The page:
Hackers accessed the names, email addresses, phone numbers and trip data of anyone who signed up for Careem prior to January 14…

Careem said it became aware of the security incident back in January. Since then, Careem said it has conducted an investigation and strengthened its security systems.

The company waited until now to tell people because “we wanted to make sure we had the most accurate information before notifying people,”

 

Zulip 1.8 is released, alternative to Slack and HipChat

Zulip, the free/open source team chat project has released their 1.8 version. We’ve talked about Zulip and other Slack alternatives on SourceContribute before. What makes Zulip special, aside from being free/open source, is that it has better threads and threading than Slack.

Threads are ways of creating a continuous discussion around a particular topic. In Slack, they’re very rarely used, everyone usually just @-replies. However, Zulip’s UX for threads makes them so useful that you’ll be using them far more often.

Not only that! Zulip also has video calls integrated with Jitsi Meet.

And a new feature I really like is being able to @-reply to a group of people; you can do things like @teamA or @marketing to make it easier and faster to notify the right group of people about something.

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Zulip was posted on ProductHunt in December. Other free/open source projects should be posting their releases on ProductHunt too; there are far too many proprietary projects on that site.

Zulip has a new darker theme, keeping in tune with the hacker/coder idea of what makes a great desktop environment.

I have a feeling that Zulip is in the right spot, along with Riot.im, to really give Slack a run for its money now. Just check out the number of integrations that Zulip has.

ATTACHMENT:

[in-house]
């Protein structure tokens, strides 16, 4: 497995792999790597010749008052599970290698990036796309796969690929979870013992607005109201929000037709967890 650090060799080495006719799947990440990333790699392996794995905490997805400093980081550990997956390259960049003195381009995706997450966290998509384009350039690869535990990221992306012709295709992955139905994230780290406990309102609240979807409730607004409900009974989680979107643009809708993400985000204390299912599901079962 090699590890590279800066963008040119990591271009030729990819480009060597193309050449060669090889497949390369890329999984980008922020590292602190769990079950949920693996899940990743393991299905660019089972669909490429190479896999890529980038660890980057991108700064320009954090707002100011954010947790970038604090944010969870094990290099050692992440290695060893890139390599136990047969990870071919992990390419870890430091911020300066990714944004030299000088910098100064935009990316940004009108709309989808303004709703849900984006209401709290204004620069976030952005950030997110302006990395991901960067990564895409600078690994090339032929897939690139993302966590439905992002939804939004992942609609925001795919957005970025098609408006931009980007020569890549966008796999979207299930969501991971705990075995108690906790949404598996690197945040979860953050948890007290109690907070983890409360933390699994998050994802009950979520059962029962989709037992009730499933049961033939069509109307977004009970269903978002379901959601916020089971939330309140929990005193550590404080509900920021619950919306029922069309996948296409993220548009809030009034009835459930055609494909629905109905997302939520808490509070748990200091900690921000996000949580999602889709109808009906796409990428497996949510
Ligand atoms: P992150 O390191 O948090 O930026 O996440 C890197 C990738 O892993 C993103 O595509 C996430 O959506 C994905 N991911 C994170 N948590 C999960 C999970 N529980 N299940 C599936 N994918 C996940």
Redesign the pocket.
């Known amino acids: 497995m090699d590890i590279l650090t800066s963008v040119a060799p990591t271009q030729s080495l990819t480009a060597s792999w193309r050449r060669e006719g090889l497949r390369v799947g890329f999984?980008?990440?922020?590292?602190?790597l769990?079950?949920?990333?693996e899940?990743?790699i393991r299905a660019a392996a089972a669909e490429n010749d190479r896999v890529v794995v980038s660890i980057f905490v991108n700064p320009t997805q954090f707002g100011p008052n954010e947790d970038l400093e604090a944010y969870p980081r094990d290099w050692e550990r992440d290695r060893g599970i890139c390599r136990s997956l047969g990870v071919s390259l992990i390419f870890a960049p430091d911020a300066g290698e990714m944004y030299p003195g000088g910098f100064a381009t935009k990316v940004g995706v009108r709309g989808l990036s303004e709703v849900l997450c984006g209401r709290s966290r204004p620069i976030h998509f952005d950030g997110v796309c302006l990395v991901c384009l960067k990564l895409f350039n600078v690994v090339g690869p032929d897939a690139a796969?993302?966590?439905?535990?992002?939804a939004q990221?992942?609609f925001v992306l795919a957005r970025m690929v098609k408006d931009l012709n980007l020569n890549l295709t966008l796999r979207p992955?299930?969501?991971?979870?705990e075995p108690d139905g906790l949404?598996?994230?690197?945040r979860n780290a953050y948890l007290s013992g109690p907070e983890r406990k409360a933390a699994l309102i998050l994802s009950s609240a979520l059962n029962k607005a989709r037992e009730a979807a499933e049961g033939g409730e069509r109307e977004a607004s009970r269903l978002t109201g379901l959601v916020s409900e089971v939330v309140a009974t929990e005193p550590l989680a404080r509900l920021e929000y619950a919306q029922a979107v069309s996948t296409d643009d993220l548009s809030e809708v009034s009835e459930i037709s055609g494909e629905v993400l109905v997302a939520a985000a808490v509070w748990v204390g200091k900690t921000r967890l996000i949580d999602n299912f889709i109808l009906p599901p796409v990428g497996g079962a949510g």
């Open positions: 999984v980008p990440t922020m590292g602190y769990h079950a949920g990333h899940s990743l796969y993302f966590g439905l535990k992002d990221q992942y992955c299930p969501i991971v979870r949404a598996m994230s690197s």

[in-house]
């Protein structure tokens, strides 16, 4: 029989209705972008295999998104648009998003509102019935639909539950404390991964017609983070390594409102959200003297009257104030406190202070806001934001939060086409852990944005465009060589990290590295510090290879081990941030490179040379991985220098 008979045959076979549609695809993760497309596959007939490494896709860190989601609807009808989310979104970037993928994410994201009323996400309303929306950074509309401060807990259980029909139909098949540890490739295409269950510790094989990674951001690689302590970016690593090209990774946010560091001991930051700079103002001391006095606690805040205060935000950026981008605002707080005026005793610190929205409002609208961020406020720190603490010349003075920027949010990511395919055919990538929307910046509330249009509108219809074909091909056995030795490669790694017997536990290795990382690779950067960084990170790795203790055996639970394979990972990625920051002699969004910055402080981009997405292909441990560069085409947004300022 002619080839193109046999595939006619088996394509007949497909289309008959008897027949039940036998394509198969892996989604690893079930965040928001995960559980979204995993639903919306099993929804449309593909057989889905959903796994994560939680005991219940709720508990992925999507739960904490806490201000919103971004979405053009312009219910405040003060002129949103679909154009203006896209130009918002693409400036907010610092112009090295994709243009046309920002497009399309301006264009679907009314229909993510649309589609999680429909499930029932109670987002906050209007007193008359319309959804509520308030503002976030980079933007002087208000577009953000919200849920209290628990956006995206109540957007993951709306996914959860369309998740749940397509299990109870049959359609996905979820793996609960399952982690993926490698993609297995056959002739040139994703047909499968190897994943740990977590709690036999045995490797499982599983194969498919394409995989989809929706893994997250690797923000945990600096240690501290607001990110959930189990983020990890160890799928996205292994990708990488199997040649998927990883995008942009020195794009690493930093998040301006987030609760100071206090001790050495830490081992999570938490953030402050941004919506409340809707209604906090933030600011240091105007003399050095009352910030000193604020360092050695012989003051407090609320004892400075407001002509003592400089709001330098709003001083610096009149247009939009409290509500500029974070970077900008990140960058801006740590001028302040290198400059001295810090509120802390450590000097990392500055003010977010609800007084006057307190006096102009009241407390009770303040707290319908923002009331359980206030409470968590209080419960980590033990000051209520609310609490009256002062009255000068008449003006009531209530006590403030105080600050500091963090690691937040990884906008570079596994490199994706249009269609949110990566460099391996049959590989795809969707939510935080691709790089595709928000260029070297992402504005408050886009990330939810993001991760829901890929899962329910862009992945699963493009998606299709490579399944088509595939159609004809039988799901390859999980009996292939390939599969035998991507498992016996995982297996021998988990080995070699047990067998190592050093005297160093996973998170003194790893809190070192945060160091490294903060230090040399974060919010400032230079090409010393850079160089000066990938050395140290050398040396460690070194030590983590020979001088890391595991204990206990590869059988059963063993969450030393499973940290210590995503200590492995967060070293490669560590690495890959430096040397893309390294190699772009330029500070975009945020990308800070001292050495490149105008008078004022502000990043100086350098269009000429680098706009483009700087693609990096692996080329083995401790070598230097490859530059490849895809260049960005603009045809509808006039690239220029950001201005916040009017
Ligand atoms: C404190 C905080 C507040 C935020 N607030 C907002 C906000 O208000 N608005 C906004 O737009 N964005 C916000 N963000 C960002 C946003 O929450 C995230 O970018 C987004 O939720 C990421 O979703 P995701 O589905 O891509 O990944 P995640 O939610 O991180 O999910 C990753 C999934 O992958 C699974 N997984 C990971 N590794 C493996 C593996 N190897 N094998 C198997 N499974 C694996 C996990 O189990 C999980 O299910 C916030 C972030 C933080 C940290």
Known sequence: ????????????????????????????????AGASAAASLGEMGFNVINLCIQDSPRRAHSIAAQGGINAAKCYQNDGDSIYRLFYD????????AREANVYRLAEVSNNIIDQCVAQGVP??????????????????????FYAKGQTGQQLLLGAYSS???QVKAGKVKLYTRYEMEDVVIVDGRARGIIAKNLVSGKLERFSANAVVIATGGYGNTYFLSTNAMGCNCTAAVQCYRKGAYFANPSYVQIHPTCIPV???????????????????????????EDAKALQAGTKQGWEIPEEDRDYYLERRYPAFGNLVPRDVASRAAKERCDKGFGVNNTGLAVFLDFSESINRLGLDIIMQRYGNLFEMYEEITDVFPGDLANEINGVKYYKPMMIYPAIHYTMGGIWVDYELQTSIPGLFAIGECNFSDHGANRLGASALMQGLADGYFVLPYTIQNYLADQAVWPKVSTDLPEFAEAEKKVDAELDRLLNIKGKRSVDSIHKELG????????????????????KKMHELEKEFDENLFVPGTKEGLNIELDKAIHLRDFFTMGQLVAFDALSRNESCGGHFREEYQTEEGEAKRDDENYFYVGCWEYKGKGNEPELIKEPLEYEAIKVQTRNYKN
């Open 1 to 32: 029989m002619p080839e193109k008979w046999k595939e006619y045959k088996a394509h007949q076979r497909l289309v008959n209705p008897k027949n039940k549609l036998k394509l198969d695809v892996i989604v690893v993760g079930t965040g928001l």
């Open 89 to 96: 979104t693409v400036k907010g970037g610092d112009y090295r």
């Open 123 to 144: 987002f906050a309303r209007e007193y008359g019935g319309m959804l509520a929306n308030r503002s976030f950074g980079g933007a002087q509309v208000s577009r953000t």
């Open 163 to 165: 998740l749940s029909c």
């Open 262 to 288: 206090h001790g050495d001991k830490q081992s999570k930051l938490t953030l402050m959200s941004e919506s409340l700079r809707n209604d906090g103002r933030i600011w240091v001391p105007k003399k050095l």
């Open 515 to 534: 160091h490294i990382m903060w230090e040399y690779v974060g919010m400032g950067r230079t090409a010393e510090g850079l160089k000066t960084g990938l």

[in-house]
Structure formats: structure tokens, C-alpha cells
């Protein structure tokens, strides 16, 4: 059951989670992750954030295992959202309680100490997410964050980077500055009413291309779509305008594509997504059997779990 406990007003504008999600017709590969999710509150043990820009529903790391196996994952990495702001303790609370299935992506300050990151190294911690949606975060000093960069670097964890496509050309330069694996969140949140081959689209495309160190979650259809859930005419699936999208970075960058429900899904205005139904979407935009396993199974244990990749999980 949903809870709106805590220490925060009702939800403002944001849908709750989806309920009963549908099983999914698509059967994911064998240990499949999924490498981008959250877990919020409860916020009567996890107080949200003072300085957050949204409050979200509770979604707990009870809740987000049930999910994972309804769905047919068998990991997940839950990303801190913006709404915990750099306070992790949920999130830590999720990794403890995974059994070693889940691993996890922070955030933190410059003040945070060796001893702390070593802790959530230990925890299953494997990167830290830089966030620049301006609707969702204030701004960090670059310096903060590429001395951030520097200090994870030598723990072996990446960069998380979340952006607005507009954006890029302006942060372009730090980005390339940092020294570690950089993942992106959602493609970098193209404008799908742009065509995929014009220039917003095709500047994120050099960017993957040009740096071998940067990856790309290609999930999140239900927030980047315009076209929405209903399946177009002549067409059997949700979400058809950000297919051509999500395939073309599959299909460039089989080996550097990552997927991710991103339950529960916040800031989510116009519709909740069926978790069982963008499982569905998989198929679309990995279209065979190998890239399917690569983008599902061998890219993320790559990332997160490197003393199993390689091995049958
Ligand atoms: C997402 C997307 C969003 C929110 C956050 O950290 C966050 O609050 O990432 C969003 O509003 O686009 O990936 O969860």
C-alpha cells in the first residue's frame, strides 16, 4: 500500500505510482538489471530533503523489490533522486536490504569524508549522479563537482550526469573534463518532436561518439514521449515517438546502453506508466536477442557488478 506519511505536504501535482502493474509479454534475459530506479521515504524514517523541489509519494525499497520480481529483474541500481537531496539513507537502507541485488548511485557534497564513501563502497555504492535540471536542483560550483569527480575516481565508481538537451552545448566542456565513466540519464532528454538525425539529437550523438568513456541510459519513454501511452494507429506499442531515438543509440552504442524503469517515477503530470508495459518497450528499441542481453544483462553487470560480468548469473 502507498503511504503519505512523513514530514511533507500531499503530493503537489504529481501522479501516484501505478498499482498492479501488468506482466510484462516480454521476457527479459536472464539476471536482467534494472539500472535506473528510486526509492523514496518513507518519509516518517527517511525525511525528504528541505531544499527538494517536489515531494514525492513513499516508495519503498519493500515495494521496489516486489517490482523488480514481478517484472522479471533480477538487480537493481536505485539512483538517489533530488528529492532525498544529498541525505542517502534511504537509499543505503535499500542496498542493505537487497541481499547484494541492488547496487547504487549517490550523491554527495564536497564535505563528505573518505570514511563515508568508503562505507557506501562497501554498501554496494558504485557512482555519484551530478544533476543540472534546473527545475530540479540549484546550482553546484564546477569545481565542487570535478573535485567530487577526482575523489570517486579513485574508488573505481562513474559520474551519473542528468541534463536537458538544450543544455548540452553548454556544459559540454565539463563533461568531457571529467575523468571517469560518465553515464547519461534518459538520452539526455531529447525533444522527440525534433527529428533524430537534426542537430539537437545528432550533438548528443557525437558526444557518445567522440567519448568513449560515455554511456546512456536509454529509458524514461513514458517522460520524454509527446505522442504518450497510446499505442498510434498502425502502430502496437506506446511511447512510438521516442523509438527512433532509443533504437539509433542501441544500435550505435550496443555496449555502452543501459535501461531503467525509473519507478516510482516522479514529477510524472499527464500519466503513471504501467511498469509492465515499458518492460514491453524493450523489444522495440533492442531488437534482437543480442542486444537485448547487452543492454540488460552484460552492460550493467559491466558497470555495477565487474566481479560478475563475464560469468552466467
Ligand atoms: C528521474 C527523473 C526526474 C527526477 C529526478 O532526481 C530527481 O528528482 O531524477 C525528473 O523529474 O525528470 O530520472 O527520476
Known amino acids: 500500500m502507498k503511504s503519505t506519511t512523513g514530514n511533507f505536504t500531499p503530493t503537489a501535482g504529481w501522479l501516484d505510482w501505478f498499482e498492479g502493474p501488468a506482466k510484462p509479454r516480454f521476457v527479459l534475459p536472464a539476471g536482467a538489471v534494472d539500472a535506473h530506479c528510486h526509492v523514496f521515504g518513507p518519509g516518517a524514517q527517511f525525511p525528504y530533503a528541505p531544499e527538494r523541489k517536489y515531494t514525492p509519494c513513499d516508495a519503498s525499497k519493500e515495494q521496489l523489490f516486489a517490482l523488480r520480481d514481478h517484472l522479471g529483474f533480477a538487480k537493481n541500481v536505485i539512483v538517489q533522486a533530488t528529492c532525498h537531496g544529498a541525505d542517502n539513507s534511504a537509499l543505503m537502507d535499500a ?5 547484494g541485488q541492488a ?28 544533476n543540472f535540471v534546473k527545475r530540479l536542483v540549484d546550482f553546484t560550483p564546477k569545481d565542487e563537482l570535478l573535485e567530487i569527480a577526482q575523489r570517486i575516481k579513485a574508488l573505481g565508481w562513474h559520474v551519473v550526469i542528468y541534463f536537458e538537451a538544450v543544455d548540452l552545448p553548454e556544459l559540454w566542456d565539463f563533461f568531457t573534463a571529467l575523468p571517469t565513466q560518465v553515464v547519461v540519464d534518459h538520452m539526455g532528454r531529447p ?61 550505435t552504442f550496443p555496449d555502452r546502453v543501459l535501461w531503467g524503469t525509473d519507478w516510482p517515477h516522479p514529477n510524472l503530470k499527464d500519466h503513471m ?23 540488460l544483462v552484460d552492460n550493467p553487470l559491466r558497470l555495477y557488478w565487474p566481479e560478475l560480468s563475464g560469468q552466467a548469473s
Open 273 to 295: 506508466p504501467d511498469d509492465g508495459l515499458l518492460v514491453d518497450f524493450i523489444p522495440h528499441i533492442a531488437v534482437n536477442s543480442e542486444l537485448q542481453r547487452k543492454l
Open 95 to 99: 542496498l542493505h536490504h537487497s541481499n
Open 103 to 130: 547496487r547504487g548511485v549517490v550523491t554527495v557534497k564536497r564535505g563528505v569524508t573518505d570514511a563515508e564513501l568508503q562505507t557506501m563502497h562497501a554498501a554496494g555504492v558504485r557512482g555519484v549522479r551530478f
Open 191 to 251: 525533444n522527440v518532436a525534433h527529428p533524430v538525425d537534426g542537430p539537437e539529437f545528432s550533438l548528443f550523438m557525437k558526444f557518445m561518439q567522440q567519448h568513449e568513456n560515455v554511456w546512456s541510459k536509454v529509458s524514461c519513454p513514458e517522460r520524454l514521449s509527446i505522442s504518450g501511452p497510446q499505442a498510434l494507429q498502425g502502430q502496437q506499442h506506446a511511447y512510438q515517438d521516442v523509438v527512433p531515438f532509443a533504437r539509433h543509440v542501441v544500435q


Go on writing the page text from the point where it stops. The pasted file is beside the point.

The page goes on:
TED is launching a platform for social entrepreneurs

https://embed.ted.com/talks/raj_panjabi_community_health_heroes

Social entrepreneurs often walk a tough road. Their ideas seek to improve life for communities that can’t afford to pay a lot, if anything, and without the support of funding options like venture capital, bank loans and stock markets, their best option to fund their ideas is generally the philanthropic sector. This requires an endless…

via A new initiative for launching big, audacious ideas — TED Blog

Big-Tech’s Ethics and Tom Lehrer at 90

Nature has published a piece on mathematician Tom Lehrer, who is turning 90 this year. He has written and sung many a satirical song highlighting the dangers of nuclear proliferation and other political issues.

One of these songs is about an ethical dilemma that it seems many big tech companies are facing:

The rousing ballad ‘Wernher von Braun’ undermines the former Nazi — who designed the V-2 ballistic missile in the Second World War and later became a key engineer in the US Apollo space programme. In Lehrer’s view, it was acceptable for NASA to hire von Braun, but making him into an American hero was grotesque. “‘Once the rockets are up, who cares where they come down?’/‘That’s not my department,’ says Wernher von Braun” — lines that still resonate in today’s big-tech ethical jungle.

It matters what we build and who we build it for.